Contextualising the requirements for human resource competencies
Over the last two decades, there has been growing interest on how human resource management (HRM) contributes to organisational performance (Guest, 2011; Jiang, Lepak, Hu, & Baer, 2012; Paauwe, Guest, & Wright, 2013; Singh, Darwish, Costa, & Anderson, 2012). One dimension is the critical competencies required of human resource (HR) practitioners (Caldwell, 2008). HR competency models have been used to define the effectiveness of the HR function and to set benchmarks of best practice for HR practitioners (Brewster, Farndale, & van Ommeren, 2000; Ulrich, Brockbank, & Yeung, 1989a). In general, the HR literature assumes that some HR competencies are necessary and desirable for all organisations. Other researchers, however, contend that the salience of HR competencies varies in different organisational settings and are therefore contingent on factors in the environment that influence their requirements (Caldwell, 2008; Roehling et al., 2005). HR practitioners also believe that existing HR competency models are ineffective in predicting job success in their roles because they lack relevance to a particular organisation (Caldwell, 2008). This study intends to contribute to this discussion on the contextual nature of HR competencies by adopting a situationalist perspective. Specifically, this research seeks to explore whether some HR competencies are context-specific; that is, relevant to a narrower range of settings.
As an exploratory study, a mixed-method design is used involving content analysis of HR job descriptions and an integrated concept mapping process (Kane & Trochim, 2007; Trochim, 1989). Based on the literature review, content analysis of HR job descriptions was used to firstly to identify the range of HR competencies required in organisations and then to analyse their relevance to different HR roles and organisational contexts. Then, concept mapping focus groups were used to verify the critical HR competencies identified and their conceptual meanings. Finally, a concept mapping online survey was used to analyse the thematic relationships of HR competencies and to identify key similarities and differentiators in competency requirements for HR practitioners in different HR roles and organisational contexts.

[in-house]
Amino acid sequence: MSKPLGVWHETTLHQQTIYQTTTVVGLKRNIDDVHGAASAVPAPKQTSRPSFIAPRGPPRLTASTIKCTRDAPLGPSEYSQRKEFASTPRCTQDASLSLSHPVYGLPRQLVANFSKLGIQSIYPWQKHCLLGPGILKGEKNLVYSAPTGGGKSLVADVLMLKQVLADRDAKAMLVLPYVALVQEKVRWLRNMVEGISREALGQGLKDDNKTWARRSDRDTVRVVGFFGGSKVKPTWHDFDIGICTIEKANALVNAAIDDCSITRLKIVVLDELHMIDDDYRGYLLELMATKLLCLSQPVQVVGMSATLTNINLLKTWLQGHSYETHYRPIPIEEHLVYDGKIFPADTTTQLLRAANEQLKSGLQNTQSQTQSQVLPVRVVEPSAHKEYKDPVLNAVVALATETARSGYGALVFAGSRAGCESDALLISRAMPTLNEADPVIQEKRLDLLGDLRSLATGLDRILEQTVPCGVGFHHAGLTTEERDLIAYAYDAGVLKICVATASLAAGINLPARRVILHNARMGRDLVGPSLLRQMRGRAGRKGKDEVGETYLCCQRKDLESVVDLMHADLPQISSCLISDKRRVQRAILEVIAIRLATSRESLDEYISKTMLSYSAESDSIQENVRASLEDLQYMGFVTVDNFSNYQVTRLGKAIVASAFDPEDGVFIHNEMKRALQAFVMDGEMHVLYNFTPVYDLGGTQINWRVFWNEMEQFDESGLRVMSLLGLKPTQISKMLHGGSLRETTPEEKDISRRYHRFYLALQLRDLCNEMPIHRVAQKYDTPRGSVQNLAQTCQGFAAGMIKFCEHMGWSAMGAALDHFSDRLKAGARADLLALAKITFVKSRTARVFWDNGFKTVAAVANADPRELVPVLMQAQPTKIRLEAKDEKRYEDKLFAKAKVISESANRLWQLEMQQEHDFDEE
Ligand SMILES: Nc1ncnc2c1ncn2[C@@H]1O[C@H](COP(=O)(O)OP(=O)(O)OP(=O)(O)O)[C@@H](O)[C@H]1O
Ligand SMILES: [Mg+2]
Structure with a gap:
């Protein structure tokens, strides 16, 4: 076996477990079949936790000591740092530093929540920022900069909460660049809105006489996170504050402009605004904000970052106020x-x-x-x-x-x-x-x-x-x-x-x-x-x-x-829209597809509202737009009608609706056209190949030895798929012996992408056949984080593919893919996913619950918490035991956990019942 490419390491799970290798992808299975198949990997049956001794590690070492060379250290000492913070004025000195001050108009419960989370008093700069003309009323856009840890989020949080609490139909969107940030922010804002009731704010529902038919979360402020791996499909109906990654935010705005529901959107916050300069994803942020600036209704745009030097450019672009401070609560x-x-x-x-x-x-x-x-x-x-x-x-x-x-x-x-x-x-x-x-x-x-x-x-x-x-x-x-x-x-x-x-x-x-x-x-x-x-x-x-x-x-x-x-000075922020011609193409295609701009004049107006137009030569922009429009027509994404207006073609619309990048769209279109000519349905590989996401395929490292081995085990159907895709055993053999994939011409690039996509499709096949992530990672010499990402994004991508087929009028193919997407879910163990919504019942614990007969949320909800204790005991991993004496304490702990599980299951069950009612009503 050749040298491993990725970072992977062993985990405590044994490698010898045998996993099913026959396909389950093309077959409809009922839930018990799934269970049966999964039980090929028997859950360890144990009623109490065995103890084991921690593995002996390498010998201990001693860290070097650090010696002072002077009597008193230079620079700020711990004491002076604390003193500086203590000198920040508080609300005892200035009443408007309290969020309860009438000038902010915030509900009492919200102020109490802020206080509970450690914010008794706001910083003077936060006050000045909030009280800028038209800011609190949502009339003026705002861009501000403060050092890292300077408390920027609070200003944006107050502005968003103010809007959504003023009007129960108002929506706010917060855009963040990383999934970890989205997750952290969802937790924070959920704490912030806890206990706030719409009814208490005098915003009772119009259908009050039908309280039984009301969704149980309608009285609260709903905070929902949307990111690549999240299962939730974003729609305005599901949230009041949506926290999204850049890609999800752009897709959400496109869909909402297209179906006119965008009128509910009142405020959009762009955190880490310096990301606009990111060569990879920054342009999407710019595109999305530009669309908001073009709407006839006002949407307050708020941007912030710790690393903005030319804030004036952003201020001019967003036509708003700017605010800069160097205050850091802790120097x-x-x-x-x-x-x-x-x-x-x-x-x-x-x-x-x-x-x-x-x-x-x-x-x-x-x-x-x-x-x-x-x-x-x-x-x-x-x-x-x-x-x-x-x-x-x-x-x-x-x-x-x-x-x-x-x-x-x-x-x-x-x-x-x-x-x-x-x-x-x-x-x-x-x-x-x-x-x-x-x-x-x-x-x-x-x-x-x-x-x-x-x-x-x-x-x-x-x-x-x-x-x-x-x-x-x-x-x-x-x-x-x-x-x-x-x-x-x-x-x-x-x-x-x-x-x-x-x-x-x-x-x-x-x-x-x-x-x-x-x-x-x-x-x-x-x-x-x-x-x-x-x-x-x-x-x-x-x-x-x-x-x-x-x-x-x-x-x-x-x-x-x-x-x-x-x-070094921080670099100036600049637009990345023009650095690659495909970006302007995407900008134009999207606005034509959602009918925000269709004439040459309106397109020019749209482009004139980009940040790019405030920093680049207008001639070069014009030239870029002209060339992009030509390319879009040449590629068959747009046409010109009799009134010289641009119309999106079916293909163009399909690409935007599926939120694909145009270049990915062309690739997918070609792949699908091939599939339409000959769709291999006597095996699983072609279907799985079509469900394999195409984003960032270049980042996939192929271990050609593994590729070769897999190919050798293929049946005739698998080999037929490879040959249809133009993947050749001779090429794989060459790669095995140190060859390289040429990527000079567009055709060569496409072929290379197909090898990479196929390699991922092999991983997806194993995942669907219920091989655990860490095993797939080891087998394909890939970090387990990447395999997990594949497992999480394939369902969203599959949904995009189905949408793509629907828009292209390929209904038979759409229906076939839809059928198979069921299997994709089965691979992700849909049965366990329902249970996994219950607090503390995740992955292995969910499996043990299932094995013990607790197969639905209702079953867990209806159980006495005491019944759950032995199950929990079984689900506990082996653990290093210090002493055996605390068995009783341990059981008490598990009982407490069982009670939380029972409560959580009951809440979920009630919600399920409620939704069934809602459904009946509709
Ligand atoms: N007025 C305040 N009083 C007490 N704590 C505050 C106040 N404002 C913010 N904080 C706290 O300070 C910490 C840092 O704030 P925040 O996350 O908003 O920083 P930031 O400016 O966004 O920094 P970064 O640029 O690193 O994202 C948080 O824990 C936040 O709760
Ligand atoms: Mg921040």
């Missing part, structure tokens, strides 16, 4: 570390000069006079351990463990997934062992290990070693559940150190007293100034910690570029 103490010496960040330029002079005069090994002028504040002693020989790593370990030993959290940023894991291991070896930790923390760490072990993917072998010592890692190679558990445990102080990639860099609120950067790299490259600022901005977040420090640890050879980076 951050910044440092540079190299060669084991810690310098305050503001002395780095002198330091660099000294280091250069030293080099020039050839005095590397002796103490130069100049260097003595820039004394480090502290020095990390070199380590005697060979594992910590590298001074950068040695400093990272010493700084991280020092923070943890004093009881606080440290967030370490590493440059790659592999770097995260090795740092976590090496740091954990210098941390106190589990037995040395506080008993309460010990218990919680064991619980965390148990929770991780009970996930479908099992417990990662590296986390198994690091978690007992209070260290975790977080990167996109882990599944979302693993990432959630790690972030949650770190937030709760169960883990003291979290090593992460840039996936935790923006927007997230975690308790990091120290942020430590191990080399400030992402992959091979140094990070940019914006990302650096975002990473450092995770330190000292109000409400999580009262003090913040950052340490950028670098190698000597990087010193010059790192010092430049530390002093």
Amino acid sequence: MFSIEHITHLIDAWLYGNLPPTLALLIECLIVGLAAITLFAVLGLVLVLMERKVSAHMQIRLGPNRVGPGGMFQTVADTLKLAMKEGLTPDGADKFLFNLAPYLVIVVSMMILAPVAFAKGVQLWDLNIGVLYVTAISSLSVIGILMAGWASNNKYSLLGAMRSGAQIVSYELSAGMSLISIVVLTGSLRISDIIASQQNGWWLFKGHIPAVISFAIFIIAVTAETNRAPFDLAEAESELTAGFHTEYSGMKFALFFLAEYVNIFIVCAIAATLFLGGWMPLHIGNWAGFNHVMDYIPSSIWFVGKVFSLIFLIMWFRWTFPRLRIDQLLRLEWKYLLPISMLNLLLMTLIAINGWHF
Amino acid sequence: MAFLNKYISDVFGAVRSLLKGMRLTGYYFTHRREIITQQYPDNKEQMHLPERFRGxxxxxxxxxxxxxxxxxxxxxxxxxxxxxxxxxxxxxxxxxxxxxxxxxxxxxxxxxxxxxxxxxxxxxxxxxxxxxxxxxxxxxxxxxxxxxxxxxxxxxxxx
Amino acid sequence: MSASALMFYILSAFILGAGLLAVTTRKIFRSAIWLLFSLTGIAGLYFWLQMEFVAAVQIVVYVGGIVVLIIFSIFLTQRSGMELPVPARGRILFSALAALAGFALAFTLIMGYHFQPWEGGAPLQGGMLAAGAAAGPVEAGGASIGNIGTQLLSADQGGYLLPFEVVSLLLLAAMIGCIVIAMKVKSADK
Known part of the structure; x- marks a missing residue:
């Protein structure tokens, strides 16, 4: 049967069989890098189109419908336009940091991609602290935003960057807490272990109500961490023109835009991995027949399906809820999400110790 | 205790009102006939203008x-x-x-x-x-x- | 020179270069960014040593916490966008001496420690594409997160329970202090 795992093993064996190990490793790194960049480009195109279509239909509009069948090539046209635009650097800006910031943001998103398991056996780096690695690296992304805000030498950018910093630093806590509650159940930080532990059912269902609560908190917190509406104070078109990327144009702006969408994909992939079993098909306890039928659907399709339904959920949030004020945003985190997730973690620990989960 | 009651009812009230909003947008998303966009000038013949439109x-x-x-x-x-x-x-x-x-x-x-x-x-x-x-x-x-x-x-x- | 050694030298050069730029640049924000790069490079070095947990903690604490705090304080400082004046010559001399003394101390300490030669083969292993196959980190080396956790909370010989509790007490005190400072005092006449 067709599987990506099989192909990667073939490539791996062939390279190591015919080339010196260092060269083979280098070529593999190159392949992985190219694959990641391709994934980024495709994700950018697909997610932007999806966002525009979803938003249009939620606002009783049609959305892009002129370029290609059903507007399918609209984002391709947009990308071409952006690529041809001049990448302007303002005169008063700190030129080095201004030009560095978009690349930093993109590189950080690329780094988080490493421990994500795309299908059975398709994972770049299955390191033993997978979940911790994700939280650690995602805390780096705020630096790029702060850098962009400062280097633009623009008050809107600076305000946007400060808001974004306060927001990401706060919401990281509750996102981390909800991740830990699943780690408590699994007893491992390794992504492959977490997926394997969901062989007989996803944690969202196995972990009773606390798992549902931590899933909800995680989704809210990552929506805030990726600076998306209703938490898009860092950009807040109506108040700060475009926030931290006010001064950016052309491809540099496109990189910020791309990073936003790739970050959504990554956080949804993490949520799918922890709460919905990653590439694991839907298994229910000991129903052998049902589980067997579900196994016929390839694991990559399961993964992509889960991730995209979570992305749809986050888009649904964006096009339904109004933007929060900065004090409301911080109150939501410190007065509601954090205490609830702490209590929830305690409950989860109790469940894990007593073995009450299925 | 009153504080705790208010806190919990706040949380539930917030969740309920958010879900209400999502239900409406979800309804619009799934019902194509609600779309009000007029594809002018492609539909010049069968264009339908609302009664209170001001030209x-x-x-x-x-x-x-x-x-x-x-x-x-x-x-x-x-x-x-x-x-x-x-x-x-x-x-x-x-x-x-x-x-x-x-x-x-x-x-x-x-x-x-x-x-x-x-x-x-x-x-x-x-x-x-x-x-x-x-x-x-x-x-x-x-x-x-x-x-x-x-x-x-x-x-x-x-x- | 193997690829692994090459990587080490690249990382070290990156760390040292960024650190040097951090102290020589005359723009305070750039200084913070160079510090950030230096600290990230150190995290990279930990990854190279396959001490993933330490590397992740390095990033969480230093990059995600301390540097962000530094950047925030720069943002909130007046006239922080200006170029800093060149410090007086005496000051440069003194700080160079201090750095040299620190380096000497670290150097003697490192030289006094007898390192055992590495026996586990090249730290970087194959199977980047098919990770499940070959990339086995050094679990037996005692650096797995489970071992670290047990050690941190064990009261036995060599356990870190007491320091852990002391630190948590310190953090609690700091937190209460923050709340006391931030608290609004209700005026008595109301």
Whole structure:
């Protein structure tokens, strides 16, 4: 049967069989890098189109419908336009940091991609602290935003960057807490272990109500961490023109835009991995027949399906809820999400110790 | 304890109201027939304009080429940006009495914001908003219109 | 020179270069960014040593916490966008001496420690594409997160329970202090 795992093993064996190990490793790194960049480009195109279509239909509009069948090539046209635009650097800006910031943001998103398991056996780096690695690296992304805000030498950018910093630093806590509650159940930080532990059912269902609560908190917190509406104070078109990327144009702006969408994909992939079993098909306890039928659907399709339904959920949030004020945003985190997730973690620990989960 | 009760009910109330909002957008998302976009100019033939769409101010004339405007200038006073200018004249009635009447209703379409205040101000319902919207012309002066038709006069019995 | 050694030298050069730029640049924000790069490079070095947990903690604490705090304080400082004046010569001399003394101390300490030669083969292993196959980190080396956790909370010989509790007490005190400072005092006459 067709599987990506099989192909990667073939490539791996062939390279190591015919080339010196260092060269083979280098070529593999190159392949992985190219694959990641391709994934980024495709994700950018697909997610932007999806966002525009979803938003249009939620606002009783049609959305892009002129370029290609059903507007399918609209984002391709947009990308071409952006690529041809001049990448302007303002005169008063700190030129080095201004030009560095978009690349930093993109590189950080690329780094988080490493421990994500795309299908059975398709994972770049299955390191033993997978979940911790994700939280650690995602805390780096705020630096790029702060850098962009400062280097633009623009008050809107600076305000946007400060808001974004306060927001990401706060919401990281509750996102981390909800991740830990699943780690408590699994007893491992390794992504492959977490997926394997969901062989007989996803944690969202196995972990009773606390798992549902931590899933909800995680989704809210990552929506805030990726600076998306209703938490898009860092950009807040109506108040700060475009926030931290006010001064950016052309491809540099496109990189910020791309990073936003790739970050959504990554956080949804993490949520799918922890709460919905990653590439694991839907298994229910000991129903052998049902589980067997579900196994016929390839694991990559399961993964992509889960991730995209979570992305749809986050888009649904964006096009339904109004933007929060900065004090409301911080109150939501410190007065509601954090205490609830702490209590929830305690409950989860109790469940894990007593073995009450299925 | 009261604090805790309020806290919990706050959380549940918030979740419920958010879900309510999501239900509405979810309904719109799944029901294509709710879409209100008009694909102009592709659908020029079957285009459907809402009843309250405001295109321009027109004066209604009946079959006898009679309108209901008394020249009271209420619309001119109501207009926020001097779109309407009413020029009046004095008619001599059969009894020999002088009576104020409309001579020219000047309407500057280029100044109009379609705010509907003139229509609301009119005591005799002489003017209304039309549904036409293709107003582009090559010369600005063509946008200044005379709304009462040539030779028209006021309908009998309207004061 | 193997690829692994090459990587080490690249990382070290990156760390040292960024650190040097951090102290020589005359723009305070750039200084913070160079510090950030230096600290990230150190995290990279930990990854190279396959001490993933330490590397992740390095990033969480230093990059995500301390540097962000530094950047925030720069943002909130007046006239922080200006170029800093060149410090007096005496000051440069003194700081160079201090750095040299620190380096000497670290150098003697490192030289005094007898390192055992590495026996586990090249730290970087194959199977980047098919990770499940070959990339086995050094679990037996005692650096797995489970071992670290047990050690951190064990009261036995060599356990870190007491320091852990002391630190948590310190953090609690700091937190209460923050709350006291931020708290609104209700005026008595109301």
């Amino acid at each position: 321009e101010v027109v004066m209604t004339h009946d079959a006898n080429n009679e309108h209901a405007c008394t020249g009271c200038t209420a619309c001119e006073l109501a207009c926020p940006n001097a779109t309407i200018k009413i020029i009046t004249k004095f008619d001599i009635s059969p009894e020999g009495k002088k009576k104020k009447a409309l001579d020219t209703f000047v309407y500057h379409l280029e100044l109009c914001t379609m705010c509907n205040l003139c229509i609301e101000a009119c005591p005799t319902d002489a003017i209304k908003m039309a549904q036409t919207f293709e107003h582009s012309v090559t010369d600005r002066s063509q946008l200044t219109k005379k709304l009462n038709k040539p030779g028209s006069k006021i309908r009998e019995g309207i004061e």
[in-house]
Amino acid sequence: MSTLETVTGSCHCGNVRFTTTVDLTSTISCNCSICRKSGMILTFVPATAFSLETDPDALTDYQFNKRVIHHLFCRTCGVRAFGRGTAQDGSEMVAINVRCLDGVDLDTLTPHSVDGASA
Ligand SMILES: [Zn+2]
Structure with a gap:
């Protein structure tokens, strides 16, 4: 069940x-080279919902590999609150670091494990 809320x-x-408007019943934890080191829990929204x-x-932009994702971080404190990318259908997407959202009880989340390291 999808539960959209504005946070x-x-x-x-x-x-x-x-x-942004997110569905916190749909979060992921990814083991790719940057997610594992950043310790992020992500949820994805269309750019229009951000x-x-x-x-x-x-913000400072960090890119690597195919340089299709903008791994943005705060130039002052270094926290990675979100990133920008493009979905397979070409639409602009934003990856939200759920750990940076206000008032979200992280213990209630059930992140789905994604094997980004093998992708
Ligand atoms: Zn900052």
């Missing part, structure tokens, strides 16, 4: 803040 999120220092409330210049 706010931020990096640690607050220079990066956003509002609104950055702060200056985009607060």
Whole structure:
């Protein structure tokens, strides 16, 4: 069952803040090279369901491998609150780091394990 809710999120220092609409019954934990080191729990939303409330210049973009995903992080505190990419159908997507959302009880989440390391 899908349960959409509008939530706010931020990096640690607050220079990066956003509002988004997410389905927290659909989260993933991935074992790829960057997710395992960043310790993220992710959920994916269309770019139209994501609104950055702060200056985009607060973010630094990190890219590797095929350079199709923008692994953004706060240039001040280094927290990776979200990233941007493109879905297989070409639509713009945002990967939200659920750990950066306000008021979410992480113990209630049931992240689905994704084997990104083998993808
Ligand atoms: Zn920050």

This study makes three key contributions. First, it challenges the universal approach to HR competency research which assumes that a generic list of competencies is relevant to HR practitioners regardless of the context by differentiating generic HR competencies from those that are context-specific. Second, it calls into question the assumption that strategic HR competencies are more desirable than functional HR competencies in all contexts by examining the interrelationships of HR competencies and their contextual requirements for private, public, and not-for-profit sector organisations, domestic firms and multinational enterprises, and different firm size by employees. Finally, it suggests that the critical competencies required of HR practitioners are related to a wider array of underlying qualities than those suggested by the HR literature.